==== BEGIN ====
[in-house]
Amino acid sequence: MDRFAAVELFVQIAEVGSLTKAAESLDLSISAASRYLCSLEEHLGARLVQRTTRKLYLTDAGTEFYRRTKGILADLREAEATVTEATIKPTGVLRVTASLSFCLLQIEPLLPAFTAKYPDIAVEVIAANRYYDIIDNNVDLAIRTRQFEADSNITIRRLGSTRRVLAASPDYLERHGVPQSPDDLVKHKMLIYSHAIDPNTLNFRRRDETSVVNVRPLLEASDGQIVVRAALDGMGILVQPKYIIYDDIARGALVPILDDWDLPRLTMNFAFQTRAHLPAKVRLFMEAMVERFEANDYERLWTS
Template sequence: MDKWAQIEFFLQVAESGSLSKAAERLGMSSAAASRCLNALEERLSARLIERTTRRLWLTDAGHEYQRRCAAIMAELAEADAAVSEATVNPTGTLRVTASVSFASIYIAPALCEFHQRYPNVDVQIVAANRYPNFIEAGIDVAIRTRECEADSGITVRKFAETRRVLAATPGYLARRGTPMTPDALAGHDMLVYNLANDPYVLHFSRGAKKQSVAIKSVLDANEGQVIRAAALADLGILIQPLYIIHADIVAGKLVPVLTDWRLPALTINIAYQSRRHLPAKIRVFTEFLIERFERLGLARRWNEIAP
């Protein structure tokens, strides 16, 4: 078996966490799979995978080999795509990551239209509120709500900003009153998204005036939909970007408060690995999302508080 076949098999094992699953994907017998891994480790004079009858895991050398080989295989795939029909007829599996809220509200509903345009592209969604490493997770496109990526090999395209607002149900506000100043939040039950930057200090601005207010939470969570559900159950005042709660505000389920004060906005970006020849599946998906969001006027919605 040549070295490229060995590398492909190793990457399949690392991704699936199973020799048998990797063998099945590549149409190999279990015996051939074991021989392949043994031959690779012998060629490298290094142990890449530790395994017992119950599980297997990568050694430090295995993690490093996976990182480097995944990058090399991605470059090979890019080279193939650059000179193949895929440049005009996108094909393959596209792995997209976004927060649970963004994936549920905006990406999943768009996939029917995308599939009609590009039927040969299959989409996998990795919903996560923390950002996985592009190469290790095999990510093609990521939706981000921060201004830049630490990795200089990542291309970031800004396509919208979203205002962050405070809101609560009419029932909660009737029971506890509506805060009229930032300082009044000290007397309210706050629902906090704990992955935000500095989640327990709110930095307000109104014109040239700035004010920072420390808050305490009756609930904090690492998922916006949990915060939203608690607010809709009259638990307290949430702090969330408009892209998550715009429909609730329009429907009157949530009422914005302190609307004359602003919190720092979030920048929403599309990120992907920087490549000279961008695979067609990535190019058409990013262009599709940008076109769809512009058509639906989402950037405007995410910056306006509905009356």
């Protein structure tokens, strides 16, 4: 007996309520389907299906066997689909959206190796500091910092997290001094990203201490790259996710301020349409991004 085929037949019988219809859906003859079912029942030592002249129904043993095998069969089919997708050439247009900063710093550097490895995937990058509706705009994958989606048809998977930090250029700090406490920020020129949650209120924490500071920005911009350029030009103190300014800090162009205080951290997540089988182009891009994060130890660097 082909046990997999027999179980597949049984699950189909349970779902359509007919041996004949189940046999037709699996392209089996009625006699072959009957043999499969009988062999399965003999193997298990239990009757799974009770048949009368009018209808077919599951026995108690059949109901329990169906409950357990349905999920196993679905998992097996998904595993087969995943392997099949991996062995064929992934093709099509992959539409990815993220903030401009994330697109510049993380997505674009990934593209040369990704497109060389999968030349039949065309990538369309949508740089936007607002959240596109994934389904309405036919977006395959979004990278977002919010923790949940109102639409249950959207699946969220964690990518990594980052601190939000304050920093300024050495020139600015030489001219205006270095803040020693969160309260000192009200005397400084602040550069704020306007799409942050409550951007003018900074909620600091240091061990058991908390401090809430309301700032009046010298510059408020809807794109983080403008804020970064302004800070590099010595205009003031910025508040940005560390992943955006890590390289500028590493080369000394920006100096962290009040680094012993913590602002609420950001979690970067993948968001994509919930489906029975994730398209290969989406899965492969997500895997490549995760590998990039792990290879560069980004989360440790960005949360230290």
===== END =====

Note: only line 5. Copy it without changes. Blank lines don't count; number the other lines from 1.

């Protein structure tokens, strides 16, 4: 007996309520389907299906066997689909959206190796500091910092997290001094990203201490790259996710301020349409991004 085929037949019988219809859906003859079912029942030592002249129904043993095998069969089919997708050439247009900063710093550097490895995937990058509706705009994958989606048809998977930090250029700090406490920020020129949650209120924490500071920005911009350029030009103190300014800090162009205080951290997540089988182009891009994060130890660097 082909046990997999027999179980597949049984699950189909349970779902359509007919041996004949189940046999037709699996392209089996009625006699072959009957043999499969009988062999399965003999193997298990239990009757799974009770048949009368009018209808077919599951026995108690059949109901329990169906409950357990349905999920196993679905998992097996998904595993087969995943392997099949991996062995064929992934093709099509992959539409990815993220903030401009994330697109510049993380997505674009990934593209040369990704497109060389999968030349039949065309990538369309949508740089936007607002959240596109994934389904309405036919977006395959979004990278977002919010923790949940109102639409249950959207699946969220964690990518990594980052601190939000304050920093300024050495020139600015030489001219205006270095803040020693969160309260000192009200005397400084602040550069704020306007799409942050409550951007003018900074909620600091240091061990058991908390401090809430309301700032009046010298510059408020809807794109983080403008804020970064302004800070590099010595205009003031910025508040940005560390992943955006890590390289500028590493080369000394920006100096962290009040680094012993913590602002609420950001979690970067993948968001994509919930489906029975994730398209290969989406899965492969997500895997490549995760590998990039792990290879560069980004989360440790960005949360230290």